Codex – A New Smart Contracts Language


Bitlegal interviewed Philip Saunders on the Codex programming language.

Philip is building Codex as a user-friendly scripting language for legal contracts that can be executed on Ethereum. Codex will work in conjunction with Pax Directory, a membership-based peer-to-peer legal system (including arbitration services) with an integrated cryptocurrency for payments.

Below we ask Philip about where he is with project, its relationship with Ethereum and how it compares with other projects out there.

Is the code live and working on Ethereum?

Partially- there is currently a private chain live on the Ethereum network for testing identity contracts. The project is running in two lanes- Pax and Codex. Pax is a peer-to-peer legal system and Codex is a scripting language for writing executable legal contracts to the Ethereum network. Pax Directory is the UX where people can fill in a profile, buy credits (the native gold-backed token), send broadcasts (like tweets), add other clients as allies, enter into contracts, and resolve minor disputes. There will eventually be a marketplace for resolving more complex disputes. What’s being tested now is mainly the contracts for the directory, but Codex is still vaporware for now. I published the specifications for the script last week.

When will it be ready?

If we are in a position to extend the team, I’m optimistic for a release date of November this year for a working version of the platform.

In simple terms what does Codex scripting language do?

Codex is designed for building legal contracts which are applicable in the high-trust environment of the directory. Pax contracts are interactive with many useful features in the directory: they can act as an escrow (i.e. lock money in a contract until a condition has been met). This is useful for protecting contracts and defending against ‘ghosting’ (abandoning contracts). Codex can make timed and interval payments and can change the status of clients similar to a credit rating. Use cases made possible are autonomous incorporation, employee payroll, rent, subscriptions, billing, restitution, handshake agreements, property transfer, dividend systems, lending, financial contracts and much more. Just like normal text-based contracts we are familiar with, they can define behavioural conditionals, while also being able to handle financial and reputational executables.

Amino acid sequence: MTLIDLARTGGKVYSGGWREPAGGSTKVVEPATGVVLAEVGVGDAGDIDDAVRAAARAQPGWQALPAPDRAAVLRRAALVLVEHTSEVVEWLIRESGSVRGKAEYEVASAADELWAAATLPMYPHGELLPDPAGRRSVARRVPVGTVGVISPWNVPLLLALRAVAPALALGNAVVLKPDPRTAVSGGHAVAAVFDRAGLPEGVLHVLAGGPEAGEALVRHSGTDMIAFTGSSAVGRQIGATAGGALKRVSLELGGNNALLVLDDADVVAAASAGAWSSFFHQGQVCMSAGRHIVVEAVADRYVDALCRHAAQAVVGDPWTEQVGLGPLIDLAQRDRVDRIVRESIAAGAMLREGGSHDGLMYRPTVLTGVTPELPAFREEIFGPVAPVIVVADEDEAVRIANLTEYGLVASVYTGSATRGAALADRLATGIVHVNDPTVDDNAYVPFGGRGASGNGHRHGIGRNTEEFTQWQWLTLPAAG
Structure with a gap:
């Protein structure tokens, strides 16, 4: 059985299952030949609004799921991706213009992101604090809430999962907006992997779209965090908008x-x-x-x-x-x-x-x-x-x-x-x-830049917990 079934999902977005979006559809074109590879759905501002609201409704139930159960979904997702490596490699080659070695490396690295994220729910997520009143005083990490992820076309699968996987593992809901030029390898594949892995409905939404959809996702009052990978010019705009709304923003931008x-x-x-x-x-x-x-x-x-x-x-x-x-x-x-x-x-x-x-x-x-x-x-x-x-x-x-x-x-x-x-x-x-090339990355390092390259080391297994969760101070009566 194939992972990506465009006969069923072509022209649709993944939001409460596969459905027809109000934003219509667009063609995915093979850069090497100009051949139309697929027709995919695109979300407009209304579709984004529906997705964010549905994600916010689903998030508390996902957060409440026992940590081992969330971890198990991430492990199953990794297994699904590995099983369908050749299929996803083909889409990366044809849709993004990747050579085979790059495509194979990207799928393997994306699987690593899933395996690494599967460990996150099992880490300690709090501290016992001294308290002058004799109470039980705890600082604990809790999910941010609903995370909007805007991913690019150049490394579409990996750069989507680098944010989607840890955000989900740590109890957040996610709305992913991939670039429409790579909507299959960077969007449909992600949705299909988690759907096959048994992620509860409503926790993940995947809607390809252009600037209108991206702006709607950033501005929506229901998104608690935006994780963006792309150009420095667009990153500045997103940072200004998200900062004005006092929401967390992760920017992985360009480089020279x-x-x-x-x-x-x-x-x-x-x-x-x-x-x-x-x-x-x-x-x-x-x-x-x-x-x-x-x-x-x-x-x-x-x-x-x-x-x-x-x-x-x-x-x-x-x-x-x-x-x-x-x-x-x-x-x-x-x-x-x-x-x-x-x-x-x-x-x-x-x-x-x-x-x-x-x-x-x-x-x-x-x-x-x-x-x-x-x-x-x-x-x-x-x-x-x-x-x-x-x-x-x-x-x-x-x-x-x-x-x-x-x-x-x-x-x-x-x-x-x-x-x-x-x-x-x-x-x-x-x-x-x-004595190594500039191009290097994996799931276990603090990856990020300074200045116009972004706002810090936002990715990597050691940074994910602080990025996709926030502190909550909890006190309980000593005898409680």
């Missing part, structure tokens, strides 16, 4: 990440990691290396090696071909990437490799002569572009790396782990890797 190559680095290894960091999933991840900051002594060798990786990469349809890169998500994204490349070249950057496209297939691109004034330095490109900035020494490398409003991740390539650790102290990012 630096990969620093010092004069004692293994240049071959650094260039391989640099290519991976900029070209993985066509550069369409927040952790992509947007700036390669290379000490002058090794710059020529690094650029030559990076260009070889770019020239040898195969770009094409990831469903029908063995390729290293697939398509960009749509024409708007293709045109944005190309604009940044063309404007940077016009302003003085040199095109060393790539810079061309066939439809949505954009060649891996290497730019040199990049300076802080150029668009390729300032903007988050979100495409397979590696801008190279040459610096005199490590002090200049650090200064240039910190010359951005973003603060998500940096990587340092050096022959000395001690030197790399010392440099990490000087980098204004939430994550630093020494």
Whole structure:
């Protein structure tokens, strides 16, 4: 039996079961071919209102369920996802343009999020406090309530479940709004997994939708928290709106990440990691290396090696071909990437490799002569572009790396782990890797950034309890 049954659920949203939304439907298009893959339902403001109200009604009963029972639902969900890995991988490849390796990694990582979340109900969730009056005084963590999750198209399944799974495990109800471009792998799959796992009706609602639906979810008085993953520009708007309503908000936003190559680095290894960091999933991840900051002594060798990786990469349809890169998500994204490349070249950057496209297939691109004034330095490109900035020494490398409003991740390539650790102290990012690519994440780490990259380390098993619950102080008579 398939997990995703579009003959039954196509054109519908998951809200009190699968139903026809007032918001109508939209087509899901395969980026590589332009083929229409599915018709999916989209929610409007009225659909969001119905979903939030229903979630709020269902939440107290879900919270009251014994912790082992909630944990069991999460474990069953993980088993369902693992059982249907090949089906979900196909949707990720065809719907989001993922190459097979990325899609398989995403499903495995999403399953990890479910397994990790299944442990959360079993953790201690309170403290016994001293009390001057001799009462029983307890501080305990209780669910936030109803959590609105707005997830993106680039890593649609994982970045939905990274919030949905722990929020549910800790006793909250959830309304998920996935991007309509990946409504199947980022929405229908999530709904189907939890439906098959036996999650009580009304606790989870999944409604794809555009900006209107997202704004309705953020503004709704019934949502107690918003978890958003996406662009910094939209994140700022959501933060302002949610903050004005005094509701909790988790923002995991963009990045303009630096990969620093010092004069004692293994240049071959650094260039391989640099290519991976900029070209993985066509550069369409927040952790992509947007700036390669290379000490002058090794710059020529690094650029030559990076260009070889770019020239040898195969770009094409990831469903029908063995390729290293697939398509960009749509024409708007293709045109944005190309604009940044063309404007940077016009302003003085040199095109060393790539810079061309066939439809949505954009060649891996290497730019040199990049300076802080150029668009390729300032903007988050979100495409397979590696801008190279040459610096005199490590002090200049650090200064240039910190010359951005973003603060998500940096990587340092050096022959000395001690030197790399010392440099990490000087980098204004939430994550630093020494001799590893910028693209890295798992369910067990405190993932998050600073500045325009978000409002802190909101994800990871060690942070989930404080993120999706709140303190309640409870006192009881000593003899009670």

Is there an advantage using Codex over directly using Ethereum’s coding language?

Codex is simple, direct and integrated into useful features and a stable currency backed by gold. Smart contracts are just general purpose programs which exist on a decentralized ledger, nothing more. As a Turing-complete language, Solidity and the other EVM languages can do pretty much whatever you want them to do as long as you’re willing to pay for computation on the network. Codex however is domain specific to the needs of a legal system.

I saw that you will have a UX interface to help build contracts but programmers will be able to code directly in Codex. Is that correct?

There will be templates for most common purpose contracts, where you can place blocks to define your own payment logic, intervals, conditionals and consequences. Codex handles the rest. But there will also be a terminal to code directly for more complex contracts as well as an API. The API will allow contracts to be integrated into other services and platforms.

How does your programming language differ to Eris for smart contracts?

In my paper I made a strong distinction between executable contracts and didactic contracts. Didactic contracts are what lawyers are used to drafting – text-based, valid in territorial jurisdictions. Eris Legal Markdown provides a way for the various elements of the didactic contract – parties, witnesses definitions, clauses etc – to be structured into a JSON like document, which can then interact with smart contracts running on private-permissioned Eris databases. The goal of “dual integration” is to have executable smart contract functionality in format which is ultimately valid in nation-state court systems.